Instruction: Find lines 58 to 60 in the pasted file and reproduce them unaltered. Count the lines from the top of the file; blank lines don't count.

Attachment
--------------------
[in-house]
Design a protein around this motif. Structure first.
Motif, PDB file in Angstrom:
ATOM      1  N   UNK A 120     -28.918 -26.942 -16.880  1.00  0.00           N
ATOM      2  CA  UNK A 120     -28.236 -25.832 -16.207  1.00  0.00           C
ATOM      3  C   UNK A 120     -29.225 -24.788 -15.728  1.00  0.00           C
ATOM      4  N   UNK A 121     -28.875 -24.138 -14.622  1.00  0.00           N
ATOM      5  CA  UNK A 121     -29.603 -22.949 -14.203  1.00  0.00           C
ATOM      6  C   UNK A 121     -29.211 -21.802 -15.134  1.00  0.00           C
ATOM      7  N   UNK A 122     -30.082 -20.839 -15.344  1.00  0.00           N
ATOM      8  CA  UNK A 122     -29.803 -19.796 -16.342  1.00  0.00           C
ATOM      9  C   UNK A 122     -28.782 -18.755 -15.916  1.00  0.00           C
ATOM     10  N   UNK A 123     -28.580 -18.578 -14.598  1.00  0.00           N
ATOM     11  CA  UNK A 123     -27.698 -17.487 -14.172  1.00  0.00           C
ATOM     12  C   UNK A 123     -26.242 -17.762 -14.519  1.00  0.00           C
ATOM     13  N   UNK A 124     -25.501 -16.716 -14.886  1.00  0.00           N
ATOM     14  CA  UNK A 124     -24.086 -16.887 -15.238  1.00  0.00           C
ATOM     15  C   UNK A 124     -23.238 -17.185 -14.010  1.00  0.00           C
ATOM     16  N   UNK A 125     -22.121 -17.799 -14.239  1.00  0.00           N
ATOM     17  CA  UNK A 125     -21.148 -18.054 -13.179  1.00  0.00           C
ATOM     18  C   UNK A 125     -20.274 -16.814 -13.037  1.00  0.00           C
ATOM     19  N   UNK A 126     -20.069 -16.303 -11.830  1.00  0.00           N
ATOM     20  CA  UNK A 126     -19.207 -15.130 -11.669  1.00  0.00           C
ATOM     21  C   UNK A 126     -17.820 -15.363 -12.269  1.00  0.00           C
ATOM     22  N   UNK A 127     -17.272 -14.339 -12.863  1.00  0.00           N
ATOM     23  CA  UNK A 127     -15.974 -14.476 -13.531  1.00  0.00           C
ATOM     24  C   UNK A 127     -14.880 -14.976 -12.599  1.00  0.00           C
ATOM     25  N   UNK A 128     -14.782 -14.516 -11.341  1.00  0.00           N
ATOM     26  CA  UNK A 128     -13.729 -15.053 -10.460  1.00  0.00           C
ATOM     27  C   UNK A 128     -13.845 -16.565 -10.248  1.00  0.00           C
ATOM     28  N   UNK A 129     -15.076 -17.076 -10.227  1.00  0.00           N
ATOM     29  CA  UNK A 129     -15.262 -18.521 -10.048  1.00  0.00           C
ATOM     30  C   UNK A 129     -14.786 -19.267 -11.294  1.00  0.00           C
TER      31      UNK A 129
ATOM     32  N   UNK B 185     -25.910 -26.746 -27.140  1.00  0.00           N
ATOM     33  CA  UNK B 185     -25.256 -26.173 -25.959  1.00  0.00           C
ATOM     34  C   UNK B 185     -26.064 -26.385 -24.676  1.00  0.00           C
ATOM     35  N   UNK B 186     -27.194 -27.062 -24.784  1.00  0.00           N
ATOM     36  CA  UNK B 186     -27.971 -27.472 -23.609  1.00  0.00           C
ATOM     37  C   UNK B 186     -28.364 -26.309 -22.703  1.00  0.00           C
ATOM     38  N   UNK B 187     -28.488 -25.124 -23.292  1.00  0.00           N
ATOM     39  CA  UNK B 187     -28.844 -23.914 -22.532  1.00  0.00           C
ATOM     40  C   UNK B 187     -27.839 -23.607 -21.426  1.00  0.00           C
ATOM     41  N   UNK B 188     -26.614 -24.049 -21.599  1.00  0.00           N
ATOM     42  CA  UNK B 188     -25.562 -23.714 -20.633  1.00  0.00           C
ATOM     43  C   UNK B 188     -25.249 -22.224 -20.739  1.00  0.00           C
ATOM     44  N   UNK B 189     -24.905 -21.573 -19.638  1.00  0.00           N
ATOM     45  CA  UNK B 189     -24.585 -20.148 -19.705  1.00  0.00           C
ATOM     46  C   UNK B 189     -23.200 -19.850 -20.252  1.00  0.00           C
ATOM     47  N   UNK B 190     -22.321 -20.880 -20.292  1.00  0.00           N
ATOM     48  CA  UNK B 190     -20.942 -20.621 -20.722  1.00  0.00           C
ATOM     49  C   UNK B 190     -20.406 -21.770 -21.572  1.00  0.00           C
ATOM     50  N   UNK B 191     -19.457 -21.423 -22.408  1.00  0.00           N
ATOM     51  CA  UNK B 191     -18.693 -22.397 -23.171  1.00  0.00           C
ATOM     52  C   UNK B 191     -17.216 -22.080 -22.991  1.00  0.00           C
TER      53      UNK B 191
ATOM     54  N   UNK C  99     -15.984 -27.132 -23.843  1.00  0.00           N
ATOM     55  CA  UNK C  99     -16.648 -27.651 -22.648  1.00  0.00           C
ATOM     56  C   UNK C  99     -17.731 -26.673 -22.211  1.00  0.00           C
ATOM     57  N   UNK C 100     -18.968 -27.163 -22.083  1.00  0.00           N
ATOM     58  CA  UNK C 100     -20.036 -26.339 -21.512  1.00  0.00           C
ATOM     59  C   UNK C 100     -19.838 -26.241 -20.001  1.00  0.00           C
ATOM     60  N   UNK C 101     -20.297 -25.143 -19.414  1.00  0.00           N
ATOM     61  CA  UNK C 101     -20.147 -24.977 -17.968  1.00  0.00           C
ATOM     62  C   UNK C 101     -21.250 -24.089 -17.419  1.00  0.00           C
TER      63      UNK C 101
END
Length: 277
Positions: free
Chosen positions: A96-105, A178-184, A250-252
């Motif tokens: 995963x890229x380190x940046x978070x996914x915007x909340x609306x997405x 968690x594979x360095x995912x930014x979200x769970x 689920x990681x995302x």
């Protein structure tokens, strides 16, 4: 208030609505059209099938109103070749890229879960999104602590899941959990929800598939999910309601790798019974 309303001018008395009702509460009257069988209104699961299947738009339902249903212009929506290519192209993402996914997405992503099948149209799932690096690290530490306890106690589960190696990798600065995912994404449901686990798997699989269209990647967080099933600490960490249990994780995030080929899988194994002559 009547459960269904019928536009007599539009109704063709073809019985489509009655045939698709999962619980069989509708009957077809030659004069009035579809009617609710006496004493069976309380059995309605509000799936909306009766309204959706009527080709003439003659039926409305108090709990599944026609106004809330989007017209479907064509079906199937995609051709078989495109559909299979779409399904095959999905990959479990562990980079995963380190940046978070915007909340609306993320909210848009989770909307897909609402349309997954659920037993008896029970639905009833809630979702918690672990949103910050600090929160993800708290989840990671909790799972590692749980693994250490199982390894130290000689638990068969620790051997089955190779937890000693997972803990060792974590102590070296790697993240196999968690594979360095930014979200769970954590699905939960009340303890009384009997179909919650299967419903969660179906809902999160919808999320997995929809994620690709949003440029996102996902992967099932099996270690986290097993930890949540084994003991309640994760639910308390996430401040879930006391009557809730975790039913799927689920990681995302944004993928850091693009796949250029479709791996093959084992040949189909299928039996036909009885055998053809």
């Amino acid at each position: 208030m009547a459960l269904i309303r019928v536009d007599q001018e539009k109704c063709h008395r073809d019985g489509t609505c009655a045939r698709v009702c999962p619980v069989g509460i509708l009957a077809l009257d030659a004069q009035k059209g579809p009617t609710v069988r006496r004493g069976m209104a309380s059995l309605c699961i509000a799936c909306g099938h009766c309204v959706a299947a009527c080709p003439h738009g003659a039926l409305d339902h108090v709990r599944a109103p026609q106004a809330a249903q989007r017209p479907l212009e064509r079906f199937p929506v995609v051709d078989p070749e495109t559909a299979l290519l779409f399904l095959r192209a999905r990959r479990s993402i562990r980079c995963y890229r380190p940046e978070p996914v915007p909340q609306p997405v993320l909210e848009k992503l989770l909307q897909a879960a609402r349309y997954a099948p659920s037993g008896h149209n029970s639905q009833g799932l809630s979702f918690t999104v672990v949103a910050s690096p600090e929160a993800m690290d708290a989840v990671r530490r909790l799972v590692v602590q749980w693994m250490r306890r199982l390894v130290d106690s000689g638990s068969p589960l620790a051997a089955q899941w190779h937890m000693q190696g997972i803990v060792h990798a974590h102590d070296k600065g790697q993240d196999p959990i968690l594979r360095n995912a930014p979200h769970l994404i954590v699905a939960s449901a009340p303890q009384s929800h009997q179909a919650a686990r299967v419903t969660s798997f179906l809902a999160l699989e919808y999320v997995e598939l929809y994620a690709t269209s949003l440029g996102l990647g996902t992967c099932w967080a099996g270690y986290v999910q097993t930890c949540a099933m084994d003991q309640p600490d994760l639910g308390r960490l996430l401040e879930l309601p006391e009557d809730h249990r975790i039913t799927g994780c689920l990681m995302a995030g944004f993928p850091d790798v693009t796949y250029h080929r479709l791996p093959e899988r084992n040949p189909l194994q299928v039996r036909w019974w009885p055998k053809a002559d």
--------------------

ATOM     55  CA  UNK C  99     -16.648 -27.651 -22.648  1.00  0.00           C
ATOM     56  C   UNK C  99     -17.731 -26.673 -22.211  1.00  0.00           C
ATOM     57  N   UNK C 100     -18.968 -27.163 -22.083  1.00  0.00           N